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Dataset Card for GEM/surface_realisation_st_2020

Dataset Description

Link to Main Data Card

You can find the main data card on the GEM Website.

Dataset Summary

This dataset was used as part of the multilingual surface realization shared task in which a model gets full or partial universal dependency structures and has to reconstruct the natural language. This dataset support 11 languages.

You can load the dataset via:

import datasets
data = datasets.load_dataset('GEM/surface_realisation_st_2020')

The data loader can be found here.




ACL Anthology


Simon Mille (Pompeu Fabra University); Leo Wanner (Pompeu Fabra University); Anya Belz (Brighton University); Bernd Bohnet (Google Inc.); Thiago Castro Ferreira (Federal University of Minas Gerais); Yvette Graham (ADAPT/Trinity College Dublin)

Dataset Overview

Where to find the Data and its Documentation






ACL Anthology


    title = "The Third Multilingual Surface Realisation Shared Task ({SR}{'}20): Overview and Evaluation Results",
    author = "Mille, Simon  and
      Belz, Anya  and
      Bohnet, Bernd  and
      Castro Ferreira, Thiago  and
      Graham, Yvette  and
      Wanner, Leo",
    booktitle = "Proceedings of the Third Workshop on Multilingual Surface Realisation",
    month = dec,
    year = "2020",
    address = "Barcelona, Spain (Online)",
    publisher = "Association for Computational Linguistics",
    url = "",
    pages = "1--20",
    abstract = "This paper presents results from the Third Shared Task on Multilingual Surface Realisation (SR{'}20) which was organised as part of the COLING{'}20 Workshop on Multilingual Surface Realisation. As in SR{'}18 and SR{'}19, the shared task comprised two tracks: (1) a Shallow Track where the inputs were full UD structures with word order information removed and tokens lemmatised; and (2) a Deep Track where additionally, functional words and morphological information were removed. Moreover, each track had two subtracks: (a) restricted-resource, where only the data provided or approved as part of a track could be used for training models, and (b) open-resource, where any data could be used. The Shallow Track was offered in 11 languages, whereas the Deep Track in 3 ones. Systems were evaluated using both automatic metrics and direct assessment by human evaluators in terms of Readability and Meaning Similarity to reference outputs. We present the evaluation results, along with descriptions of the SR{'}19 tracks, data and evaluation methods, as well as brief summaries of the participating systems. For full descriptions of the participating systems, please see the separate system reports elsewhere in this volume.",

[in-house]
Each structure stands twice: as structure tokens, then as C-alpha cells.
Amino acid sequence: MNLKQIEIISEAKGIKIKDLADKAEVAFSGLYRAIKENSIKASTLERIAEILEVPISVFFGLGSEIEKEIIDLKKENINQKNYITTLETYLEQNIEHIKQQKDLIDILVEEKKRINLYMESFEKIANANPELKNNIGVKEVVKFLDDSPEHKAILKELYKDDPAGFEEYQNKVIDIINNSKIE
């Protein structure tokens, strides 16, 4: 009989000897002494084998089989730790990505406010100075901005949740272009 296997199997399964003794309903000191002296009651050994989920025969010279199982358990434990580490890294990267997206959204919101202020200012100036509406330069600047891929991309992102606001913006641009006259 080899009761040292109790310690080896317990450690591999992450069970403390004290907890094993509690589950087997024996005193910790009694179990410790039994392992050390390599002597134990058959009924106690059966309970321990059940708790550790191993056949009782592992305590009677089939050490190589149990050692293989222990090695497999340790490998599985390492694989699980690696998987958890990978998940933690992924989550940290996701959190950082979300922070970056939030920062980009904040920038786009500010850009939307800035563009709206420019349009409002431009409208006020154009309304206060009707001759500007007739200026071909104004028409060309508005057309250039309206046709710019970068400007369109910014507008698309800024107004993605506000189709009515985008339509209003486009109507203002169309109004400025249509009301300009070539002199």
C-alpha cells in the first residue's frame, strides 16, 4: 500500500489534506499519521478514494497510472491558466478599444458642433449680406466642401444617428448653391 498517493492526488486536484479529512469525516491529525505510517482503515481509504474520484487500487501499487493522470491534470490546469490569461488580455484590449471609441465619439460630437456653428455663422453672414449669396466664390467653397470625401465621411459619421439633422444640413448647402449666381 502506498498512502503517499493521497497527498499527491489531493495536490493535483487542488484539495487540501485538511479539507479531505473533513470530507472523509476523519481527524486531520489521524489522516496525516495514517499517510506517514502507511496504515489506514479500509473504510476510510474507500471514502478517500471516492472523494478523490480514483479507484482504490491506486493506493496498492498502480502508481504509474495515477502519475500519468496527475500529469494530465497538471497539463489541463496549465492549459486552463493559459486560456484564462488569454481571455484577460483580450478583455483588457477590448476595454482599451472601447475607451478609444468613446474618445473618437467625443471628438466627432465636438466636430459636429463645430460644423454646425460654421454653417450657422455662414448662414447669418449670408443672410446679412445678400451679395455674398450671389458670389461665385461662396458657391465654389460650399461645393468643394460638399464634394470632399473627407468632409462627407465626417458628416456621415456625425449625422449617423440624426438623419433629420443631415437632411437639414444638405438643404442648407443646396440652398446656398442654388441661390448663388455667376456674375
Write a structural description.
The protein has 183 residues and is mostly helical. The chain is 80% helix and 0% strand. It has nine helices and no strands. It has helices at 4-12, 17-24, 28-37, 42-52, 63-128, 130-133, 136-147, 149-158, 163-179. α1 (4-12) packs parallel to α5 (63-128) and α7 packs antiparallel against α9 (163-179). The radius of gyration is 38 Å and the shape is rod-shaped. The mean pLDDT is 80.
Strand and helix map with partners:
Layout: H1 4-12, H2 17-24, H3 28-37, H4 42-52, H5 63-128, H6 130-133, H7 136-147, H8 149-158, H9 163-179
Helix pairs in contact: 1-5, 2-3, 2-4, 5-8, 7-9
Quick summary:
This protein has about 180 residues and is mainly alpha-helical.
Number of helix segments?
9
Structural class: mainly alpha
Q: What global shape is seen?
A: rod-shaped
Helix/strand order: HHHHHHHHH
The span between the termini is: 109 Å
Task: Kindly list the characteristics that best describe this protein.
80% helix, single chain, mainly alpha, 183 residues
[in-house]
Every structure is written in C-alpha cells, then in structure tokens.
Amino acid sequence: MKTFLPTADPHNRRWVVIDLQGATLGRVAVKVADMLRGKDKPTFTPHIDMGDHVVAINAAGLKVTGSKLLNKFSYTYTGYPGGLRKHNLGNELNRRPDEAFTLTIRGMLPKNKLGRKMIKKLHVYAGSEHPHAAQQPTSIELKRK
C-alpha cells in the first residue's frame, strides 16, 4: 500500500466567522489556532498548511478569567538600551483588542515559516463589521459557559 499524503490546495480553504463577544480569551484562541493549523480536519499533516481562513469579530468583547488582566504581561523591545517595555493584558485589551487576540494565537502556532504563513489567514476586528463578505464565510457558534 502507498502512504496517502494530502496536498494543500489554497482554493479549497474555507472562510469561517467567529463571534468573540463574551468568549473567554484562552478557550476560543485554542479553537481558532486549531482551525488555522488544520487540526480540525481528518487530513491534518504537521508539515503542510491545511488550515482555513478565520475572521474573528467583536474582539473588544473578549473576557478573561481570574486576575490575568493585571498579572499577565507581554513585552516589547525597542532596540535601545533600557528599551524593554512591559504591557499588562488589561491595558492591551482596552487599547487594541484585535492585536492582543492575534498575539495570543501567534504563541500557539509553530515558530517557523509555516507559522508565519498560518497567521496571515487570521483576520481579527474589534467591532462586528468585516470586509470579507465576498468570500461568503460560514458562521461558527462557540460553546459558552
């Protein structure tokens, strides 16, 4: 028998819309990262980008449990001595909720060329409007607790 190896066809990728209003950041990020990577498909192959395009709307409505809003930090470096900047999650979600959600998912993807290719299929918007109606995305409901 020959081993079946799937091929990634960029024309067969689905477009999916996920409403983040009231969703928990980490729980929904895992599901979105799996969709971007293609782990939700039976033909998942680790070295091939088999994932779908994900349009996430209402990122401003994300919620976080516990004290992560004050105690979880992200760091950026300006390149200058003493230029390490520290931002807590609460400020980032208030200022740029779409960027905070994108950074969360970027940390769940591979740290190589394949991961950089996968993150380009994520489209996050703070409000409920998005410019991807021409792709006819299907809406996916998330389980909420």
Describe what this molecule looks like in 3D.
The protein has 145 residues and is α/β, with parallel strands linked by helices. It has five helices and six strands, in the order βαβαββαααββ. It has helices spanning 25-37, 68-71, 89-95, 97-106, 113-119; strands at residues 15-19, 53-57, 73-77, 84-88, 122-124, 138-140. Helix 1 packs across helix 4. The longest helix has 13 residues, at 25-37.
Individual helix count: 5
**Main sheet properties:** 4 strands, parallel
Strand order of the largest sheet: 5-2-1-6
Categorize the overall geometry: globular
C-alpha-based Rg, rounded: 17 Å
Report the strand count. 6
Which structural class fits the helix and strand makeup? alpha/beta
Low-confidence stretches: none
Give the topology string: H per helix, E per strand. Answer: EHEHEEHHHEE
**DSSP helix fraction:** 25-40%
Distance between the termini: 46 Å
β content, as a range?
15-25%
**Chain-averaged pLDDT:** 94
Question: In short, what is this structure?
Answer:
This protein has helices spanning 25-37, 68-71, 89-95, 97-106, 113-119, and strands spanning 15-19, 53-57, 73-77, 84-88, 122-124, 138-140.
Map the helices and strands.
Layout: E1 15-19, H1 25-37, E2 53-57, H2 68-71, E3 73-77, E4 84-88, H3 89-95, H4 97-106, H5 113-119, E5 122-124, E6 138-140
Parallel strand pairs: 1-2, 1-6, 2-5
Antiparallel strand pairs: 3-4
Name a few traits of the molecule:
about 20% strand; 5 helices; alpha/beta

Contact Name

Simon Mille

Contact Email

Has a Leaderboard?


Languages and Intended Use



Covered Dialects

No multiple dialects.

Covered Languages

Arabic, Chinese, English, French, Hindi, Indonesian, Japanese, Korean, Portuguese, Russian, Spanish, Castilian

Whose Language?



cc-by-2.5: Creative Commons Attribution 2.5 Generic

Intended Use

The dataset is intended to be used for training models to solve several NLG subtasks, such as function word introduction, morphological agreement resolution, word order determination and inflection generation.

Comment about the license: the dataset has multiple licences, since each original dataset has their own type of licence. All datasets but one are CC-BY and subclasses of it, the other one is GPL (French Sequoia).

Primary Task


Communicative Goal

The models are able to introduce surface features (syntax, morphology, topology) from more or less abstract inputs in different, the most abstract being predicate-argument structures. The datasets cover a large variety of domains (news, blogs, forums, wikipedia pages, etc.).


Curation Organization Type(s)

industry, academic

Curation Organization(s)

Pompeu Fabra University, Google Inc., University of Brighton, Federal University of Minas Gerais, ADAPT/Trinity College Dublin

Dataset Creators

Simon Mille (Pompeu Fabra University); Leo Wanner (Pompeu Fabra University); Anya Belz (Brighton University); Bernd Bohnet (Google Inc.); Thiago Castro Ferreira (Federal University of Minas Gerais); Yvette Graham (ADAPT/Trinity College Dublin)


Mostly EU funds via H2020 projects

Who added the Dataset to GEM?

Simon Mille (Pompeu Fabra University)

Dataset Structure

Data Fields

input (string): this field contains an input tree in CoNLL-U format; the CoNLL-U format is a one-word-per-line format with the following tab-separated 10 columns (see here): [1] Position, [2] Lemma, [3] Wordform, [4] Part of Speech, [5] Fine-grained Part of Speech (if available), [6] Features (FEATS), [7] governor, [8] dependency relation, [9] additional dependency information, and [10] metadata. For the surface task, the input is a Universal Dependency tree of a given language in which the word order was scrambled and the surface forms removed (only lemmas are available); for the deep task, the input is a tree derived from the surface input, with predicate-argument relations between content words only (function words were removed) and without any morphological agreement information.